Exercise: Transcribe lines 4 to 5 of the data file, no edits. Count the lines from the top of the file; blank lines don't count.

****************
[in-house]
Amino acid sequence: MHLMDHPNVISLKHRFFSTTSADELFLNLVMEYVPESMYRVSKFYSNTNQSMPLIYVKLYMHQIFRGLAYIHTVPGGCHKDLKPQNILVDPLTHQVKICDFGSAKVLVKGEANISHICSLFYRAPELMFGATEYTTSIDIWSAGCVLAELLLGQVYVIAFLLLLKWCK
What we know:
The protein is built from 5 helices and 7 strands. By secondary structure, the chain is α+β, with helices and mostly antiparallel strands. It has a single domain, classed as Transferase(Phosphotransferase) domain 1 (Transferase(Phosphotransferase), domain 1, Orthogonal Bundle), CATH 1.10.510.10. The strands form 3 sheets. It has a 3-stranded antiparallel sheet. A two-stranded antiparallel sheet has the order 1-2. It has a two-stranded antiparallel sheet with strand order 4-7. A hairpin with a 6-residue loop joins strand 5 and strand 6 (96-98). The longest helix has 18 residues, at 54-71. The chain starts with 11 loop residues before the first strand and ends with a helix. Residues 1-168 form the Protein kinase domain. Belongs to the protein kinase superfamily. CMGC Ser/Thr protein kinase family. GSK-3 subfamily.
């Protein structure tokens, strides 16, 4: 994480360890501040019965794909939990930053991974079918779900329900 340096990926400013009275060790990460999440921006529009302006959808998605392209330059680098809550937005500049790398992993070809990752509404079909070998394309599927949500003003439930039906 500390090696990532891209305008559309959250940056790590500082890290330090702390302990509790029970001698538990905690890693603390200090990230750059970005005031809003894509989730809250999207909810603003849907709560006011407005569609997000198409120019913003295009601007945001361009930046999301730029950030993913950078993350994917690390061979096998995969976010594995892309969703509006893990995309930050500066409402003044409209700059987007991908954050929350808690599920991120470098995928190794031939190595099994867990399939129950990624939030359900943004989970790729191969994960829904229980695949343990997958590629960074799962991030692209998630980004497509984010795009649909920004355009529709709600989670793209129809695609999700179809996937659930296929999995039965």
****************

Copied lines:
The protein is built from 5 helices and 7 strands. By secondary structure, the chain is α+β, with helices and mostly antiparallel strands. It has a single domain, classed as Transferase(Phosphotransferase) domain 1 (Transferase(Phosphotransferase), domain 1, Orthogonal Bundle), CATH 1.10.510.10. The strands form 3 sheets. It has a 3-stranded antiparallel sheet. A two-stranded antiparallel sheet has the order 1-2. It has a two-stranded antiparallel sheet with strand order 4-7. A hairpin with a 6-residue loop joins strand 5 and strand 6 (96-98). The longest helix has 18 residues, at 54-71. The chain starts with 11 loop residues before the first strand and ends with a helix. Residues 1-168 form the Protein kinase domain. Belongs to the protein kinase superfamily. CMGC Ser/Thr protein kinase family. GSK-3 subfamily.
């Protein structure tokens, strides 16, 4: 994480360890501040019965794909939990930053991974079918779900329900 340096990926400013009275060790990460999440921006529009302006959808998605392209330059680098809550937005500049790398992993070809990752509404079909070998394309599927949500003003439930039906 500390090696990532891209305008559309959250940056790590500082890290330090702390302990509790029970001698538990905690890693603390200090990230750059970005005031809003894509989730809250999207909810603003849907709560006011407005569609997000198409120019913003295009601007945001361009930046999301730029950030993913950078993350994917690390061979096998995969976010594995892309969703509006893990995309930050500066409402003044409209700059987007991908954050929350808690599920991120470098995928190794031939190595099994867990399939129950990624939030359900943004989970790729191969994960829904229980695949343990997958590629960074799962991030692209998630980004497509984010795009649909920004355009529709709600989670793209129809695609999700179809996937659930296929999995039965």